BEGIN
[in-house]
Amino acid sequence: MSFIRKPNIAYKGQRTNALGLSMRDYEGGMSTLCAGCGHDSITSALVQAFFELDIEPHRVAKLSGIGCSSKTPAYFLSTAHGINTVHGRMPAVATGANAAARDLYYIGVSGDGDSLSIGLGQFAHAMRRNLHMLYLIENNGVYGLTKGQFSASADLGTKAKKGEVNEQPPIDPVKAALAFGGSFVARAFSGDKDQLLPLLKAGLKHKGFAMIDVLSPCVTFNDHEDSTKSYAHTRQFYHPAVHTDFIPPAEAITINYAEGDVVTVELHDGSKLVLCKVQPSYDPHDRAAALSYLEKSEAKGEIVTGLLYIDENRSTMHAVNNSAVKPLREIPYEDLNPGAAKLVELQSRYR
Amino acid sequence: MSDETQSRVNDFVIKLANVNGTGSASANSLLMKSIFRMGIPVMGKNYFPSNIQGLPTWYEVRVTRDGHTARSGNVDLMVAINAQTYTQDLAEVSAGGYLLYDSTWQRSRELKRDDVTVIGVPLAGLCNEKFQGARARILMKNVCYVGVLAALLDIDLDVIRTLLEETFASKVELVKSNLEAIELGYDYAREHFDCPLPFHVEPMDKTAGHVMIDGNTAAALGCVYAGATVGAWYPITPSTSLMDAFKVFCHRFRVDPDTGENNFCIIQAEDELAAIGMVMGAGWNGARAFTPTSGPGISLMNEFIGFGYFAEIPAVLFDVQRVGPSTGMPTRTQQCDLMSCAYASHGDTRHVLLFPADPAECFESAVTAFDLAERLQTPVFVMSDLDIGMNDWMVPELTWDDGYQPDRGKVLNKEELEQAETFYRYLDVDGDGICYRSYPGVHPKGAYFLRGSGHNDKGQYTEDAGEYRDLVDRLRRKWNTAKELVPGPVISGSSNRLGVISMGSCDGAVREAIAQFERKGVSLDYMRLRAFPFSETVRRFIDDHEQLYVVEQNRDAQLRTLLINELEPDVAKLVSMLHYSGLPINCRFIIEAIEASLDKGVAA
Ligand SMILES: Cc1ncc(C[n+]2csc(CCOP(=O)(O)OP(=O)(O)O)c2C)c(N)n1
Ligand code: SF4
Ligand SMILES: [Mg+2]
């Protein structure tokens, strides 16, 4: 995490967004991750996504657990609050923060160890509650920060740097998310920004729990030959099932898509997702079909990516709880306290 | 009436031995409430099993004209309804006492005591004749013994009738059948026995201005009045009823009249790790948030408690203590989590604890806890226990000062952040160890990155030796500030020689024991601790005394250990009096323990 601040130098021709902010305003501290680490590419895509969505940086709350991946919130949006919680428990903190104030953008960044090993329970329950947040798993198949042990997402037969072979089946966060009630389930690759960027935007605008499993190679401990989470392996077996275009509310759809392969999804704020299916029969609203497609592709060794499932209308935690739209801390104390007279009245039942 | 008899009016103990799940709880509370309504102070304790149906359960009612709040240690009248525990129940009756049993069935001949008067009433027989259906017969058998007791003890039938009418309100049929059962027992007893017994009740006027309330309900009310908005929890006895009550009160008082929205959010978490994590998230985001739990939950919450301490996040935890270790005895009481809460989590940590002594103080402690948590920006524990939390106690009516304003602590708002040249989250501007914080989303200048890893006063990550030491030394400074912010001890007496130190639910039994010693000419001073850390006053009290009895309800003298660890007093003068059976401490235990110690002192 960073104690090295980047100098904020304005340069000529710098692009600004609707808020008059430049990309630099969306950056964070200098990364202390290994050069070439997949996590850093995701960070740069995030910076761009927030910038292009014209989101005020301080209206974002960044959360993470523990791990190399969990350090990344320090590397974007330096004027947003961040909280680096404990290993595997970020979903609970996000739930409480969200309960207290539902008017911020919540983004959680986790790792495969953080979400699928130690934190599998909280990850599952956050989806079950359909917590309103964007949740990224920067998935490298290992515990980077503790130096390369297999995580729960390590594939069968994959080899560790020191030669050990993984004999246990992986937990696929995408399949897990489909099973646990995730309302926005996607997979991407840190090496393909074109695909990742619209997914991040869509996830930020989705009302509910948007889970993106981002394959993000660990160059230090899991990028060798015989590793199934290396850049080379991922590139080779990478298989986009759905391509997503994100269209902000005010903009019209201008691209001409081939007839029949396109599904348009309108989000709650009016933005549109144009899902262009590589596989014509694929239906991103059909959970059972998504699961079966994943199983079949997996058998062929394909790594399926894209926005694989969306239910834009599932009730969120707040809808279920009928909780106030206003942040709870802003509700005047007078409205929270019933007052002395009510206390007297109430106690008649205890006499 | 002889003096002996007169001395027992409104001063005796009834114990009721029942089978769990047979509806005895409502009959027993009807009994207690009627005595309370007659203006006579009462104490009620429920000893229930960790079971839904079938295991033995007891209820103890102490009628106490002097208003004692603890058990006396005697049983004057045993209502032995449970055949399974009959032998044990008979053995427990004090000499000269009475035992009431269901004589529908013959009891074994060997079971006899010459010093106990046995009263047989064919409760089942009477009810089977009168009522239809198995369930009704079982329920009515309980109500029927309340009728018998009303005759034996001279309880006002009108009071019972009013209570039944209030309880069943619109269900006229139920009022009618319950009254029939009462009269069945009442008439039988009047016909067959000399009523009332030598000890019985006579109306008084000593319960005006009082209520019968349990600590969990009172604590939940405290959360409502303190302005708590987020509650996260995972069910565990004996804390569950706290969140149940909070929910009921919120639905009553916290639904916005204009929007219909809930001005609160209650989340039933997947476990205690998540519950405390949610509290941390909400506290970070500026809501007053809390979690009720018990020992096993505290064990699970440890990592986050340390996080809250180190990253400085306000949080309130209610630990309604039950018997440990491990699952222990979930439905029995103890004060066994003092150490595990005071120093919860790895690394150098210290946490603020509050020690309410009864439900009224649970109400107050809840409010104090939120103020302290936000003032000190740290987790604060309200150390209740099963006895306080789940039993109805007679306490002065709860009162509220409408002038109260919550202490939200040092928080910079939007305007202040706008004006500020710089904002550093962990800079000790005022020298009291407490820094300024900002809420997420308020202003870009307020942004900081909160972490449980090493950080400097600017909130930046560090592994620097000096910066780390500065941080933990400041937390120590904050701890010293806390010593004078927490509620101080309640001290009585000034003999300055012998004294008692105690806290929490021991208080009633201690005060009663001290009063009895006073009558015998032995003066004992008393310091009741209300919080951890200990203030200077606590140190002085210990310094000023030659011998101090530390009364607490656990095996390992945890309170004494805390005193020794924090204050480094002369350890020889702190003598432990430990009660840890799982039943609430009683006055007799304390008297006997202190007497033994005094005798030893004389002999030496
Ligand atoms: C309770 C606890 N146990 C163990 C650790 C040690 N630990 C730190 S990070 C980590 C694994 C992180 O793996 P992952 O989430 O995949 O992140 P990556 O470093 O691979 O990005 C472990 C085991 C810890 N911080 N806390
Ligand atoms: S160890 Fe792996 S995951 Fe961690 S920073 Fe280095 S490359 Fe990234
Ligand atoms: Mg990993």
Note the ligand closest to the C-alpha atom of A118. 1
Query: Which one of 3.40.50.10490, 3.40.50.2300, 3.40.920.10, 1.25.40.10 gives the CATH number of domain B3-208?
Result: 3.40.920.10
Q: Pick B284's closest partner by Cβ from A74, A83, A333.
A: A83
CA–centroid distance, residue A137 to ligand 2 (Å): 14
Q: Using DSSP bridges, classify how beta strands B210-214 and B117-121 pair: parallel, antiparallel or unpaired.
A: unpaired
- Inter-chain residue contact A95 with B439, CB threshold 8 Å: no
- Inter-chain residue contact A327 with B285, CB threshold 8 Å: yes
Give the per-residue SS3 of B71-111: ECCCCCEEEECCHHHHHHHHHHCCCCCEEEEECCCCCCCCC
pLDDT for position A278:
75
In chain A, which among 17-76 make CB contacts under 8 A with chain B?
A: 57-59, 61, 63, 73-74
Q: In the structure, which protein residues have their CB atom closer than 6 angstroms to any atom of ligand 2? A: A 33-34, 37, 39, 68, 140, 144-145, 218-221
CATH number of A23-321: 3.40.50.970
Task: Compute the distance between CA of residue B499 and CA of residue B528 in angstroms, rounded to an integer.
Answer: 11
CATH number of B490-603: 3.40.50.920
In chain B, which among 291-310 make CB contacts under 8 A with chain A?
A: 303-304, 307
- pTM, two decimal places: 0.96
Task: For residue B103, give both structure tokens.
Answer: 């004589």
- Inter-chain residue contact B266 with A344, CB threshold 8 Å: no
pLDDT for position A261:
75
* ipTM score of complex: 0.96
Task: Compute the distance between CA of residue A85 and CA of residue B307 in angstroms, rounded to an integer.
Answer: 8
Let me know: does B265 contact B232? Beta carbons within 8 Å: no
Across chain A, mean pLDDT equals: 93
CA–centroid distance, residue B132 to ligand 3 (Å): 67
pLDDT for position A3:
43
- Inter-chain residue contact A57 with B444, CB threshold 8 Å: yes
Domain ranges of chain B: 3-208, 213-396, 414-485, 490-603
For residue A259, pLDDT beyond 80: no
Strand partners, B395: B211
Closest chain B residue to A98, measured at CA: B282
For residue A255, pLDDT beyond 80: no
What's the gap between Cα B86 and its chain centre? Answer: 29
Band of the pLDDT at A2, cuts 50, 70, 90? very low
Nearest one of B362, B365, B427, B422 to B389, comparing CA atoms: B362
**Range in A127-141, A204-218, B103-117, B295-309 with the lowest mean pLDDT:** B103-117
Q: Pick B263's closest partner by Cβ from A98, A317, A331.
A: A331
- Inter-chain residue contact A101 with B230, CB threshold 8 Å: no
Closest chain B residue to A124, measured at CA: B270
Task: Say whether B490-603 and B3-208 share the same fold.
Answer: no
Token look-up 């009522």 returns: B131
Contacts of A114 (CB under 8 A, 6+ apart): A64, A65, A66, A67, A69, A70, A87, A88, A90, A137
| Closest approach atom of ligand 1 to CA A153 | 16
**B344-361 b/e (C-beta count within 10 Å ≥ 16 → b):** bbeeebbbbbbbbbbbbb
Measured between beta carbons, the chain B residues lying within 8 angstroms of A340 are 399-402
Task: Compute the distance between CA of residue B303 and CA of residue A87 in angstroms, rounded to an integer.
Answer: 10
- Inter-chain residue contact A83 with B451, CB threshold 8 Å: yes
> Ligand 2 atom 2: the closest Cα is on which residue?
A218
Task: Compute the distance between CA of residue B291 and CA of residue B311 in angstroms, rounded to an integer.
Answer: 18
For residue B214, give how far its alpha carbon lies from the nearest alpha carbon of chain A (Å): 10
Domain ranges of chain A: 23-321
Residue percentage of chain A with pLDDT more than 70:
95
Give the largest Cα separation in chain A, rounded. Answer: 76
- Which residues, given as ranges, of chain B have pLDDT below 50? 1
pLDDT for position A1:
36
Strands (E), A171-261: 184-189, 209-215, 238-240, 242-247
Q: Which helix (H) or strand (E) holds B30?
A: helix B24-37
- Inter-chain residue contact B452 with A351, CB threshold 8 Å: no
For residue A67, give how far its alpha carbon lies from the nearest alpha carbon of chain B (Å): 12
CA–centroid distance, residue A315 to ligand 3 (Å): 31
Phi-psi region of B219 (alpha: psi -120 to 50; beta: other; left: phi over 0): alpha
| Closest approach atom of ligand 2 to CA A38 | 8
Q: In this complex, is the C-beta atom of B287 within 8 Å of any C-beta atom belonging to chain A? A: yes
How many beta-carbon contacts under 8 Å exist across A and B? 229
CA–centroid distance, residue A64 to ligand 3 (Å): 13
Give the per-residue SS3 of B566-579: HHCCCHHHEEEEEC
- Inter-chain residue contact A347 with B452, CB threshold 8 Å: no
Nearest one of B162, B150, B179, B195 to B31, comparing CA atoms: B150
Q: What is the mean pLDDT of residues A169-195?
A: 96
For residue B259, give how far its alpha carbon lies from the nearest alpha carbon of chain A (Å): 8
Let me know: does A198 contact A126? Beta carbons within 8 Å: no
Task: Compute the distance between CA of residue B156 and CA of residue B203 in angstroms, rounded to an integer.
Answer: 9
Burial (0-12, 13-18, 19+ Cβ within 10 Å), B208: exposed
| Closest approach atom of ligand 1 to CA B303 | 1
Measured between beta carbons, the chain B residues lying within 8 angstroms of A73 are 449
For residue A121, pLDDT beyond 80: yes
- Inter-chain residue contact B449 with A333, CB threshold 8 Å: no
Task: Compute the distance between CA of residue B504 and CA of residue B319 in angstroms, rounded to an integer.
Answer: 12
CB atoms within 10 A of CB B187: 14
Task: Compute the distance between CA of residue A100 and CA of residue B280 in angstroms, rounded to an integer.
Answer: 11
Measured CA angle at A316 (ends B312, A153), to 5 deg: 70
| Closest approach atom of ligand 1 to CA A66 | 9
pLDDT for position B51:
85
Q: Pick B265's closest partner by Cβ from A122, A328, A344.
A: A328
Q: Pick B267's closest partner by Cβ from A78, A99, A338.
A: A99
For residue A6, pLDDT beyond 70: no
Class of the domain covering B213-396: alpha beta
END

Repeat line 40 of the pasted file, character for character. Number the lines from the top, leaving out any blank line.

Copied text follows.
Task: Compute the distance between CA of residue A85 and CA of residue B307 in angstroms, rounded to an integer.